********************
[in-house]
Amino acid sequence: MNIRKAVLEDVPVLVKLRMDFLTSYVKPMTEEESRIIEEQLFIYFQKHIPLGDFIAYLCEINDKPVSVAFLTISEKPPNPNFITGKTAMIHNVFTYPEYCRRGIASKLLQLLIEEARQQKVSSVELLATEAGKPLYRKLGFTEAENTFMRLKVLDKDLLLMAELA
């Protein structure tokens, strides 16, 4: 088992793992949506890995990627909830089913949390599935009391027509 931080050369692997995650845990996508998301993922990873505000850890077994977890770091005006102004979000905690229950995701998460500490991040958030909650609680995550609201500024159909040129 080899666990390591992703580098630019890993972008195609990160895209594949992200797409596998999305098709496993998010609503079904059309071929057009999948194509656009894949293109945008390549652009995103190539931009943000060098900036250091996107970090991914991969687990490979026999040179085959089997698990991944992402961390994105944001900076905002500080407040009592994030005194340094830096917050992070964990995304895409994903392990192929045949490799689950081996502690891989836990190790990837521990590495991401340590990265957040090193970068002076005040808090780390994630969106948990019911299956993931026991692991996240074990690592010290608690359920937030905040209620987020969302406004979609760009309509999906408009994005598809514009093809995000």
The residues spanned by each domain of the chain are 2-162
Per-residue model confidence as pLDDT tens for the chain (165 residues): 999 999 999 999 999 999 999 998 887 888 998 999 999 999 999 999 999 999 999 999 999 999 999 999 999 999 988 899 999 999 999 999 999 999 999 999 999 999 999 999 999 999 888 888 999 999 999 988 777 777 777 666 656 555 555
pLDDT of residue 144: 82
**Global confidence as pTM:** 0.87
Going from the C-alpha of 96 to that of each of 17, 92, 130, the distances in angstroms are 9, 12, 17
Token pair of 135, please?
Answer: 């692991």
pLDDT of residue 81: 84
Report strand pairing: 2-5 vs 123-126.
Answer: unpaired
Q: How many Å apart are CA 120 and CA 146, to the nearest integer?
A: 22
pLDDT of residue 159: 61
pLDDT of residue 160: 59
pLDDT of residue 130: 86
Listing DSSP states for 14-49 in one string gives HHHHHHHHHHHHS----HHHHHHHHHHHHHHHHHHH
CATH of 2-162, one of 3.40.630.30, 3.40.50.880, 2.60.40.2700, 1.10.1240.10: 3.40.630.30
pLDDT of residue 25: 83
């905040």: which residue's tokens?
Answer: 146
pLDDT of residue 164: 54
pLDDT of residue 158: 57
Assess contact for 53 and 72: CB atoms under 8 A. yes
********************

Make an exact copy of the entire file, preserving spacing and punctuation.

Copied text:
[in-house]
Amino acid sequence: MNIRKAVLEDVPVLVKLRMDFLTSYVKPMTEEESRIIEEQLFIYFQKHIPLGDFIAYLCEINDKPVSVAFLTISEKPPNPNFITGKTAMIHNVFTYPEYCRRGIASKLLQLLIEEARQQKVSSVELLATEAGKPLYRKLGFTEAENTFMRLKVLDKDLLLMAELA
């Protein structure tokens, strides 16, 4: 088992793992949506890995990627909830089913949390599935009391027509 931080050369692997995650845990996508998301993922990873505000850890077994977890770091005006102004979000905690229950995701998460500490991040958030909650609680995550609201500024159909040129 080899666990390591992703580098630019890993972008195609990160895209594949992200797409596998999305098709496993998010609503079904059309071929057009999948194509656009894949293109945008390549652009995103190539931009943000060098900036250091996107970090991914991969687990490979026999040179085959089997698990991944992402961390994105944001900076905002500080407040009592994030005194340094830096917050992070964990995304895409994903392990192929045949490799689950081996502690891989836990190790990837521990590495991401340590990265957040090193970068002076005040808090780390994630969106948990019911299956993931026991692991996240074990690592010290608690359920937030905040209620987020969302406004979609760009309509999906408009994005598809514009093809995000």
The residues spanned by each domain of the chain are 2-162
Per-residue model confidence as pLDDT tens for the chain (165 residues): 999 999 999 999 999 999 999 998 887 888 998 999 999 999 999 999 999 999 999 999 999 999 999 999 999 999 988 899 999 999 999 999 999 999 999 999 999 999 999 999 999 999 888 888 999 999 999 988 777 777 777 666 656 555 555
pLDDT of residue 144: 82
**Global confidence as pTM:** 0.87
Going from the C-alpha of 96 to that of each of 17, 92, 130, the distances in angstroms are 9, 12, 17
Token pair of 135, please?
Answer: 């692991």
pLDDT of residue 81: 84
Report strand pairing: 2-5 vs 123-126.
Answer: unpaired
Q: How many Å apart are CA 120 and CA 146, to the nearest integer?
A: 22
pLDDT of residue 159: 61
pLDDT of residue 160: 59
pLDDT of residue 130: 86
Listing DSSP states for 14-49 in one string gives HHHHHHHHHHHHS----HHHHHHHHHHHHHHHHHHH
CATH of 2-162, one of 3.40.630.30, 3.40.50.880, 2.60.40.2700, 1.10.1240.10: 3.40.630.30
pLDDT of residue 25: 83
């905040």: which residue's tokens?
Answer: 146
pLDDT of residue 164: 54
pLDDT of residue 158: 57
Assess contact for 53 and 72: CB atoms under 8 A. yes